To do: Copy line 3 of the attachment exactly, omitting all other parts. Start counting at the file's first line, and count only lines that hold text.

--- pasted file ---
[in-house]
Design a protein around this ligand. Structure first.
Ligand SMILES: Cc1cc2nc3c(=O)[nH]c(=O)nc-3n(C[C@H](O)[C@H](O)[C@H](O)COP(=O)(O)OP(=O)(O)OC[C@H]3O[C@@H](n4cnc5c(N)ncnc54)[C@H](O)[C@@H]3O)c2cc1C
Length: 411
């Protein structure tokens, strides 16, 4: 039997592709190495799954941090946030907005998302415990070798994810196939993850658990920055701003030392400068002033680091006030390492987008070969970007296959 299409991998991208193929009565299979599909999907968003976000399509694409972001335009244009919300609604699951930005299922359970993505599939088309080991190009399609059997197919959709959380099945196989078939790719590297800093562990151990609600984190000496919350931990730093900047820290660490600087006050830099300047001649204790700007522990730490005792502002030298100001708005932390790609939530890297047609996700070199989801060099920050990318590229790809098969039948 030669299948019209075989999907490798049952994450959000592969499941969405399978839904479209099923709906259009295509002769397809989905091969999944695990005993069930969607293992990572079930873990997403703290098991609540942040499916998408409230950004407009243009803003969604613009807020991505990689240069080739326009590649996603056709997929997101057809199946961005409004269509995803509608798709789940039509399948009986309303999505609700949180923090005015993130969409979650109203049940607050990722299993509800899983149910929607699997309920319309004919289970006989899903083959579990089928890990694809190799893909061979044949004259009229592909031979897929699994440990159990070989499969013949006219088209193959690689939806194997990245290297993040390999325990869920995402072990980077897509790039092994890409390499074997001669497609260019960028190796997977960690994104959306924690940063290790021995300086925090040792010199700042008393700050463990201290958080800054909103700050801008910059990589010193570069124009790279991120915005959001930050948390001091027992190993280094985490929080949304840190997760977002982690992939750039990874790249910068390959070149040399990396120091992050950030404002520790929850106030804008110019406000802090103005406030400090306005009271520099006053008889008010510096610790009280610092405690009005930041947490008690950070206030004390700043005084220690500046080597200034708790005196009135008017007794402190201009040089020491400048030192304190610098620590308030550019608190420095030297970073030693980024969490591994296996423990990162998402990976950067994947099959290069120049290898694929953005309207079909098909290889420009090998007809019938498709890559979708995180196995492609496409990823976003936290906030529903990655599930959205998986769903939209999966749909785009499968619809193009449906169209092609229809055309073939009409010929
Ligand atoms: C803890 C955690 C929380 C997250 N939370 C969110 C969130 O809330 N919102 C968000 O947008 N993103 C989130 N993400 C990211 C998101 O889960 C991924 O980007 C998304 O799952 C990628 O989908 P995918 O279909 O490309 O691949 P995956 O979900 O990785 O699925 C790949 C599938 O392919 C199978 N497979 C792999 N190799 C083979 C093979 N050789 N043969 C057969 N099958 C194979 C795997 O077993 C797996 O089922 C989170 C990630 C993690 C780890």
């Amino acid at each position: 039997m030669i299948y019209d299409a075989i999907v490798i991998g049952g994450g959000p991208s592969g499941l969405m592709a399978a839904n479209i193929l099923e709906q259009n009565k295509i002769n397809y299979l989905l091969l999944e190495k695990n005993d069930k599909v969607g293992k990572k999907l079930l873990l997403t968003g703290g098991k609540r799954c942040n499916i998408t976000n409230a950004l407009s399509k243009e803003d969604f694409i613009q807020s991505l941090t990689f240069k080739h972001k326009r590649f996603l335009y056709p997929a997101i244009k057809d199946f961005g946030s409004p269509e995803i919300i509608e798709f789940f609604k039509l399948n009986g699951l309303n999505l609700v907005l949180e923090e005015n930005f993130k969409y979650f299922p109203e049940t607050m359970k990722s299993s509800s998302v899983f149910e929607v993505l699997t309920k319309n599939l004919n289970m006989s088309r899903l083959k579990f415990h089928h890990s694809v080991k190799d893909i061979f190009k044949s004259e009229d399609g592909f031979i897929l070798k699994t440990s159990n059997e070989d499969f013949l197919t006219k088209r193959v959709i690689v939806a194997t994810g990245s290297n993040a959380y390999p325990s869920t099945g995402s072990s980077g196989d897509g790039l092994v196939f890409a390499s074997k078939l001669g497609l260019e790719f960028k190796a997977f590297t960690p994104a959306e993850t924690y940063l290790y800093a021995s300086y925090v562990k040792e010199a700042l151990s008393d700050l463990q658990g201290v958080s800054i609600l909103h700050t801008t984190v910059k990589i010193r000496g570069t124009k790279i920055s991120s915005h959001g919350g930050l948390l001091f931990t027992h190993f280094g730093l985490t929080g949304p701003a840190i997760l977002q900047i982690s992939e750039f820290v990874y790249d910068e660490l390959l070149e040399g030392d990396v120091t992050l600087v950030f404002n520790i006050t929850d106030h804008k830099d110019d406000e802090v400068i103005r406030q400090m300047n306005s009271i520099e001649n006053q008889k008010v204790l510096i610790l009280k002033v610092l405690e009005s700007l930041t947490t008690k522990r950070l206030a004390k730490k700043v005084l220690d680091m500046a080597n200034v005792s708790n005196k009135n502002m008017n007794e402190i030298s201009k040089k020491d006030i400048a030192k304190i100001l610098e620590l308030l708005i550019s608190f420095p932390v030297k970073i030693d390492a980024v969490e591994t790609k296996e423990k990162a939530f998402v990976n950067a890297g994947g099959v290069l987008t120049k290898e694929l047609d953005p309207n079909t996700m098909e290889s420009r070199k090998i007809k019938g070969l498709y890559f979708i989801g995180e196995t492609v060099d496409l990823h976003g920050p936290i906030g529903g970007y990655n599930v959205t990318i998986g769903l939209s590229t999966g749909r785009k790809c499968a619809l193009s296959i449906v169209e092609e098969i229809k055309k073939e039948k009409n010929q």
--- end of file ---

Ligand SMILES: Cc1cc2nc3c(=O)[nH]c(=O)nc-3n(C[C@H](O)[C@H](O)[C@H](O)COP(=O)(O)OP(=O)(O)OC[C@H]3O[C@@H](n4cnc5c(N)ncnc54)[C@H](O)[C@@H]3O)c2cc1C